noun (plural mortuaries)
- He also introduced a rickshaw service, which takes unclaimed bodies from the government mortuary for a proper burial.
- For extra payment, undertakers began to offer wealthier people new facilities without the taint of the public mortuary to store their dead away from home.
- She lay dead in the mortuary of the hospital for two weeks before her family was notified.
- Burial monuments and other mortuary rituals are often costly and elaborate.
- One interpretation is that the cave became a focus for mortuary rituals, including the defleshing of the dead.
- From here, the burial cortège, priests and visitors would pass through ceremonial halls onto a causeway that ascended the desert escarpment to the mortuary temple, built against the east face of the pyramid.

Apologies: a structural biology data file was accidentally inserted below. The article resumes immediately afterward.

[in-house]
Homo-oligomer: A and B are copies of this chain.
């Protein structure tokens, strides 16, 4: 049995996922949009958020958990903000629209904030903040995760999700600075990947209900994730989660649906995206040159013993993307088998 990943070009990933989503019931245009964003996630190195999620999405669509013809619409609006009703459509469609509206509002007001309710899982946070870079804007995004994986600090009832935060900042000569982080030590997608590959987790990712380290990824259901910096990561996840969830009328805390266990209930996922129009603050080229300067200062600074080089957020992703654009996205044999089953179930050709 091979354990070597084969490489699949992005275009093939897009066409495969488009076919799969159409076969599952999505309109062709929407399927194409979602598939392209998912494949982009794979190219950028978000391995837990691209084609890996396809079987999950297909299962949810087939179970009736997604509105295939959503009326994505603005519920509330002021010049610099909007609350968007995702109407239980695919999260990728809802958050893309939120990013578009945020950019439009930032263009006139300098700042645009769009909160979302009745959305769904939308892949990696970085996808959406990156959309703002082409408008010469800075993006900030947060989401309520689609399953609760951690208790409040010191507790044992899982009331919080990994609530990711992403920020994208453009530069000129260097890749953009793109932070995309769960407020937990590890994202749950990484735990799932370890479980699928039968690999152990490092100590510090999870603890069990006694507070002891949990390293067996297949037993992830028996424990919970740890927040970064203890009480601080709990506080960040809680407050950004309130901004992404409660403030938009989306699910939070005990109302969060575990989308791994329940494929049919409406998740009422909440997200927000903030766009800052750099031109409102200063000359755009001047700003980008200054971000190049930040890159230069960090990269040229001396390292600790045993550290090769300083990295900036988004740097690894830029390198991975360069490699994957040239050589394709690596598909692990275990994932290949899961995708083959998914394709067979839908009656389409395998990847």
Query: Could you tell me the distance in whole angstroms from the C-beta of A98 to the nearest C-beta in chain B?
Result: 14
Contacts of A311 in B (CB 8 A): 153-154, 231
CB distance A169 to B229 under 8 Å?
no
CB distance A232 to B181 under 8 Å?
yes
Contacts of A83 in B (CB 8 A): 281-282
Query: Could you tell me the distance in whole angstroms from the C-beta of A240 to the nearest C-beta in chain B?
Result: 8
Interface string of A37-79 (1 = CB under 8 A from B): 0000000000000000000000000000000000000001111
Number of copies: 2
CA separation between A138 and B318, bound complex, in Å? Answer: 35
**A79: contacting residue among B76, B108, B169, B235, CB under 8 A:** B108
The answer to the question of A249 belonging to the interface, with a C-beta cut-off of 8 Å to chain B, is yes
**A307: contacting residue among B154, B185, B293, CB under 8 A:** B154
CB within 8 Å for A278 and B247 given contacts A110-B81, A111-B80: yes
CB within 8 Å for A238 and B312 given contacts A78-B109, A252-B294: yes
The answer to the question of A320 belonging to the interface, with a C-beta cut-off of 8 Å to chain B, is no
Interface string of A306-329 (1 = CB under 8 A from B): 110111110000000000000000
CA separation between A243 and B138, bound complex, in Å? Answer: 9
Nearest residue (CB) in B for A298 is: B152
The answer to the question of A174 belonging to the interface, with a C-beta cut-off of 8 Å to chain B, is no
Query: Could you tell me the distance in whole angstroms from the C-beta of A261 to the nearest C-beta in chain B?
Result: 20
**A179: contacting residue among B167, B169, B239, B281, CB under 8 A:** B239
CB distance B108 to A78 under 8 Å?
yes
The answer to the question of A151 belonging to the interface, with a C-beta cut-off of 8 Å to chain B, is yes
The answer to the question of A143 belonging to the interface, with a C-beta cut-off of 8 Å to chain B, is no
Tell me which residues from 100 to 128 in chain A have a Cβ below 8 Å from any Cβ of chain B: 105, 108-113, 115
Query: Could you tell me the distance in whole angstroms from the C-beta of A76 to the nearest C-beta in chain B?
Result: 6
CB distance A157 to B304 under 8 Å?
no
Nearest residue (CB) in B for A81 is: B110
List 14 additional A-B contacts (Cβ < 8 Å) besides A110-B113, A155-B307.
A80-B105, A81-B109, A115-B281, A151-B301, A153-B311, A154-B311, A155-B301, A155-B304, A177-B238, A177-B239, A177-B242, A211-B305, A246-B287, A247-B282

Late Middle English (denoting a gift claimed by a parish priest from a deceased person's estate): from Latin mortuarius, from mortuus 'dead'. The current noun sense dates from the mid 19th century.
In the Middle Ages a mortuary was a gift claimed by a parish priest from a deceased person's estate. The word derives from Latin mortuus ‘dead’, the source also of mortgage (Late Middle English), literally a ‘dead pledge’ because the debt dies when the pledge is redeemed; and mortify (Late Middle English) ‘deaden’, and related to murder. The current sense, ‘a room or building in which dead bodies are kept’, dates from the mid 19th century. In Paris the bodies of people found dead formerly were taken to a building at the eastern end of the Île de la Cité, where they were kept until identified. It was called the Morgue (from a French word for haughtiness or sad expression). By the 1830s morgue was being used in English for other mortuaries; the parallel use of French morgue is not recorded until the 1940s and was borrowed back from English.
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Line breaks: mor|tu¦ary
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